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Stereotypes of age differences in personality traits: universal and accurate? / Wayne Chan, Robert R. McCrae, Filip De Fruyt, Lee Jussim, Corinna Löckenhoff, Bratko, Denis [et al.]

By: Chan, Wayne.
Contributor(s): Bratko, Denis [aut] | McCrae, Robert R [aut] | De Fruyt, Filip [aut] | Jussim, Lee [aut] | Löckenhoff, Corinna [aut].
Material type: ArticleArticleDescription: 1050-1066 str.Subject(s): 5.06 | aging, stereotypes, cross-cultural, five factor model, personality perception engOnline resources: Elektronička verzija članka In: Journal of personality and social psychology 103 (2012), 6 ; str. 1050-1066Abstract: Age trajectories for personality traits are known to be similar across cultures. To address whether stereotypes of age groups reflect these age-related changes in personality, we asked participants in 26 countries (N=3, 323) to rate typical adolescents, adults, and old persons in their own country. Raters across nations tended to share similar beliefs about different age groups ; adolescents were seen as impulsive, rebellious, undisciplined, preferring excitement and novelty, whereas old people were consistently considered lower on impulsivity, activity, antagonism, and Openness. These consensual age group stereotypes correlated strongly with published age differences on the five major dimensions of personality and most of 30 specific traits, using as criteria of accuracy both self-reports and observer ratings, different survey methodologies, and data from up to 50 nations. However, personal stereotypes were considerably less accurate, and consensual stereotypes tended to exaggerate differences across age groups.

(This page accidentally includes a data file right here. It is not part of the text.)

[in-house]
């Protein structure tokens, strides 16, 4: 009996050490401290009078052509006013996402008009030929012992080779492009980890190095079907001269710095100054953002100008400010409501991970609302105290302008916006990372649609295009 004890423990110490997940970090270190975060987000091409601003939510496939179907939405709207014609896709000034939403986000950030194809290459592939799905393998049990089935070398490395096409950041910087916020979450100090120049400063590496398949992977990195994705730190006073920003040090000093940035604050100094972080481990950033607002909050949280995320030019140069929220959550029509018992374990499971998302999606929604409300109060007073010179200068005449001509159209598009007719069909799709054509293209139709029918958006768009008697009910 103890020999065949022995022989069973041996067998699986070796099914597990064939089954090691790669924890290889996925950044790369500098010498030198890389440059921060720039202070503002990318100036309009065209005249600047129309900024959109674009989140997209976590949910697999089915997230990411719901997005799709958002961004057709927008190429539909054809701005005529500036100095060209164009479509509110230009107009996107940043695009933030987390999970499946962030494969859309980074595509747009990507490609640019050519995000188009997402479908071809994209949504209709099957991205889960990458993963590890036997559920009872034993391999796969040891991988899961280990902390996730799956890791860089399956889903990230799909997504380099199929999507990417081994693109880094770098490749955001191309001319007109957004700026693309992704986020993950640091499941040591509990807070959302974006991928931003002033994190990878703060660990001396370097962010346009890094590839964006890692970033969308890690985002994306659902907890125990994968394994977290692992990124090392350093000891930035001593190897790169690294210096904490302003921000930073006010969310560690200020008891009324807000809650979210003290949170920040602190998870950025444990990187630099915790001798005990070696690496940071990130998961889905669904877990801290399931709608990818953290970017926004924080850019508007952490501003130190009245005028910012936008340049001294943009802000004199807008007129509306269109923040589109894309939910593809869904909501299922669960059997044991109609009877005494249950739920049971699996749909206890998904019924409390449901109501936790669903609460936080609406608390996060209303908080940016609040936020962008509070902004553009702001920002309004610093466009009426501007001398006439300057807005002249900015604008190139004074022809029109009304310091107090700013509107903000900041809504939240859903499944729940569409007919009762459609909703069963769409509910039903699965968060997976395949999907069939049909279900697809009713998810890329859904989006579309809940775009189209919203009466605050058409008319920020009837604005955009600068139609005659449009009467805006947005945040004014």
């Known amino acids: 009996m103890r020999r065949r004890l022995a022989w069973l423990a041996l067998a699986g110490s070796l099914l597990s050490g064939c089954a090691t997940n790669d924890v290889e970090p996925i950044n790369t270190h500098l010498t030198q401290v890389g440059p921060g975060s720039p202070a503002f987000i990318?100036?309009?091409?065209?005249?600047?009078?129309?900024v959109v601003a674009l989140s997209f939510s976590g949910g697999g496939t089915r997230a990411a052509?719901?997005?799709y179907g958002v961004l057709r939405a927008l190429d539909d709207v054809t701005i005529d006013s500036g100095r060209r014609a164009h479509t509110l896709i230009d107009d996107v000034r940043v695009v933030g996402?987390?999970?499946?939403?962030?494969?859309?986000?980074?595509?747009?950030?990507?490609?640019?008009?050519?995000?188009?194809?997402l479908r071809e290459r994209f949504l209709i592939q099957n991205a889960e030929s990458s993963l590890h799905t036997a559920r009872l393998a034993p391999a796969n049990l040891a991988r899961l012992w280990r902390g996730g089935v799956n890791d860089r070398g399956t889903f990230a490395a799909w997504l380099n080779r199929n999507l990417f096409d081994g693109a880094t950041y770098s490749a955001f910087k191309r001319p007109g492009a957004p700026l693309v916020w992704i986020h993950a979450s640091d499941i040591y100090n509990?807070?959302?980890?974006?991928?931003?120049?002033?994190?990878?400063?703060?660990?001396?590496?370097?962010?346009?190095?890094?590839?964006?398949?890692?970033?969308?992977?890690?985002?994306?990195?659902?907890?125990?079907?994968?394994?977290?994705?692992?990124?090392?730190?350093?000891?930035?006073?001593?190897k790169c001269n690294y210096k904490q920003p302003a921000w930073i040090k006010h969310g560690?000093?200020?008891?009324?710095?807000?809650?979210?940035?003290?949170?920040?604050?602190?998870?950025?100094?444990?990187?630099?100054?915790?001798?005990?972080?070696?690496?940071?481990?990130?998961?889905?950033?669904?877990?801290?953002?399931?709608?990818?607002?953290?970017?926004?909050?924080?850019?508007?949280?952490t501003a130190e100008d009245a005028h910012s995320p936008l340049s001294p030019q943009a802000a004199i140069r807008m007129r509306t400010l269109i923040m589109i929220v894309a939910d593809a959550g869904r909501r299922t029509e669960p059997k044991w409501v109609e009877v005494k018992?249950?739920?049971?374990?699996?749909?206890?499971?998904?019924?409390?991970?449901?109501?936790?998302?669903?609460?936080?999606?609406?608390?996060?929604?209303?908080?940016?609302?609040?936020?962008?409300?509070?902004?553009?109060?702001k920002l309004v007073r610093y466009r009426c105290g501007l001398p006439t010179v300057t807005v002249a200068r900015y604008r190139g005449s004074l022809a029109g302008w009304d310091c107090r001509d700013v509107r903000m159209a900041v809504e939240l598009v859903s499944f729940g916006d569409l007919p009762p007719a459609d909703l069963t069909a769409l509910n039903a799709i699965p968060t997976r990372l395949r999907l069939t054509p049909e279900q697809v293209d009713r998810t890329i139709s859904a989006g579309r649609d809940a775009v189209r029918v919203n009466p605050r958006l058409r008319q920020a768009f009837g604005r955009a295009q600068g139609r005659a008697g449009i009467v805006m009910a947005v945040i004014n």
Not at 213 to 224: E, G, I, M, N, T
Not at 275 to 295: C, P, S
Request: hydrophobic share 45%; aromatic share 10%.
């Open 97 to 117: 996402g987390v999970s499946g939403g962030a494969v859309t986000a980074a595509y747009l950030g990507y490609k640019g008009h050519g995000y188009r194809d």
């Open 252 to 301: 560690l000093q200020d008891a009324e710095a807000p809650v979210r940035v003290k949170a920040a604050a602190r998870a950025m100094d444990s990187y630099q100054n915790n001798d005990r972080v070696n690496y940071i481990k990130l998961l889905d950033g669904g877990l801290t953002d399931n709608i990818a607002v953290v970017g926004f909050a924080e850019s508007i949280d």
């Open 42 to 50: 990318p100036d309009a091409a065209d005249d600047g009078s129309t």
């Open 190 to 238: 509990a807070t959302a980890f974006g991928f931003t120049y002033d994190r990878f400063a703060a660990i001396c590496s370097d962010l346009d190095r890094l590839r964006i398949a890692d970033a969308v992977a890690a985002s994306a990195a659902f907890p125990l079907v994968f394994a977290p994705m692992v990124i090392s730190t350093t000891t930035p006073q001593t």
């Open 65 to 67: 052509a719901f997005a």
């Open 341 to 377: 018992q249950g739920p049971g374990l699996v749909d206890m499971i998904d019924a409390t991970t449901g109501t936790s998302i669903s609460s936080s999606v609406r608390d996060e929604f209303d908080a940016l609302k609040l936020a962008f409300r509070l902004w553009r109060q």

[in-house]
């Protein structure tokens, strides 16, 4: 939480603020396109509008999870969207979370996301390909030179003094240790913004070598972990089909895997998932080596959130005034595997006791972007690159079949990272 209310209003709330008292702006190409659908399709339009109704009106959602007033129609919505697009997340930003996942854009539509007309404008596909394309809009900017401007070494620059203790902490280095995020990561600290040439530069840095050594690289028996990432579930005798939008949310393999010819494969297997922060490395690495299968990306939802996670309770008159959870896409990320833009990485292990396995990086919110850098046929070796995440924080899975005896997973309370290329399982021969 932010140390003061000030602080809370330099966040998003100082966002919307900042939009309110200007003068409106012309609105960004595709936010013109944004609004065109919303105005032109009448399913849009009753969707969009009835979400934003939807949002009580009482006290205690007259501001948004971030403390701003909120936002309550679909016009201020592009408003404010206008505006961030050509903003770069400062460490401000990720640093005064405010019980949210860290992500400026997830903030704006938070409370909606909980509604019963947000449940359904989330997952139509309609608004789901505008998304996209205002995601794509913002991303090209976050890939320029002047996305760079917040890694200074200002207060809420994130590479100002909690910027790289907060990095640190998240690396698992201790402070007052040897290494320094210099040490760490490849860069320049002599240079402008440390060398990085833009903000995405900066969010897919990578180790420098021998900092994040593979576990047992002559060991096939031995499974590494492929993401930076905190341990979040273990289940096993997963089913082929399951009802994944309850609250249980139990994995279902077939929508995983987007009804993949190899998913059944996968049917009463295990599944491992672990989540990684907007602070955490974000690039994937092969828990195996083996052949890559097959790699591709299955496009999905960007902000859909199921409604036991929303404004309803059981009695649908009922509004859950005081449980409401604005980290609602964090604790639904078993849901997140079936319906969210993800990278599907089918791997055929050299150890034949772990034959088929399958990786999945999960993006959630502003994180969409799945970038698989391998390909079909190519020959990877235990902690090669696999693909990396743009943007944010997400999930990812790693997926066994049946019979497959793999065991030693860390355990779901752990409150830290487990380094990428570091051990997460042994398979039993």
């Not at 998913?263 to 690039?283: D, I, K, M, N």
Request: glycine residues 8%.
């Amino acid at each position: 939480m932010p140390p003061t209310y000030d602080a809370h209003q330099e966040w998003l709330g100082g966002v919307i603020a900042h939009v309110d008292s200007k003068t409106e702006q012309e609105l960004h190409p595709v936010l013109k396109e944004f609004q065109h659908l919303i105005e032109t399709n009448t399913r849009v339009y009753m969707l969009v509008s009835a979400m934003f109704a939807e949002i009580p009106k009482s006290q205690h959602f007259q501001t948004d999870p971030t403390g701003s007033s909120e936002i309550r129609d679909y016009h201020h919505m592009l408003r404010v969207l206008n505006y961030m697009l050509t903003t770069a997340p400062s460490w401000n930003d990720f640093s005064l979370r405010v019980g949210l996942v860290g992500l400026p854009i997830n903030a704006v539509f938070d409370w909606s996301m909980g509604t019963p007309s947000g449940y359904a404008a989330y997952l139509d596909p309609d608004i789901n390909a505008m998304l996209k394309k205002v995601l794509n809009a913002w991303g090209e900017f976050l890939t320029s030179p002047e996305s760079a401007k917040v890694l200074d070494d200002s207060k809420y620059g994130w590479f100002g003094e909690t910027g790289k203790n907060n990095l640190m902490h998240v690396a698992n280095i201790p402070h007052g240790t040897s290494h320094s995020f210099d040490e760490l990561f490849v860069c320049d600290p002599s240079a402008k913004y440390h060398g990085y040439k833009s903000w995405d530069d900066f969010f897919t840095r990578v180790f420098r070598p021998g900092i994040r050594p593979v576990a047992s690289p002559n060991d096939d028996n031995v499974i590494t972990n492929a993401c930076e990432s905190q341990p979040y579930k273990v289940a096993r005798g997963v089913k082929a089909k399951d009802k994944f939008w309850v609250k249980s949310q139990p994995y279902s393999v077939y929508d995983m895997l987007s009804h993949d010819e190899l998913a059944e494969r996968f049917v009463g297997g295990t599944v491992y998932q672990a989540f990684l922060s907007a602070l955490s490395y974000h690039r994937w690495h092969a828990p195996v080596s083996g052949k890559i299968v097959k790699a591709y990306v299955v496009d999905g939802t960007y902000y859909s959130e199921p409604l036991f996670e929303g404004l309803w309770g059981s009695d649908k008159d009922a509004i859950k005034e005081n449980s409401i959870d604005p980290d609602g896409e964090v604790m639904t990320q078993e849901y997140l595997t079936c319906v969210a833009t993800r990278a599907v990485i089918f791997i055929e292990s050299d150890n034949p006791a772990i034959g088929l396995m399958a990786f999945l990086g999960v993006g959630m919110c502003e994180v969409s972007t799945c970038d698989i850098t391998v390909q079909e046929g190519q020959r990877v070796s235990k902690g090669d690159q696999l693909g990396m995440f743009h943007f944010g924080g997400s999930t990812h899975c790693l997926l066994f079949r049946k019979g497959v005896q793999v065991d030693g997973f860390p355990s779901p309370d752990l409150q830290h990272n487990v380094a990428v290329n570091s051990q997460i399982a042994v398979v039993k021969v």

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Age trajectories for personality traits are known to be similar across cultures. To address whether stereotypes of age groups reflect these age-related changes in personality, we asked participants in 26 countries (N=3, 323) to rate typical adolescents, adults, and old persons in their own country. Raters across nations tended to share similar beliefs about different age groups ; adolescents were seen as impulsive, rebellious, undisciplined, preferring excitement and novelty, whereas old people were consistently considered lower on impulsivity, activity, antagonism, and Openness. These consensual age group stereotypes correlated strongly with published age differences on the five major dimensions of personality and most of 30 specific traits, using as criteria of accuracy both self-reports and observer ratings, different survey methodologies, and data from up to 50 nations. However, personal stereotypes were considerably less accurate, and consensual stereotypes tended to exaggerate differences across age groups.

Projekt MZOS 130-1301683-1399

ENG

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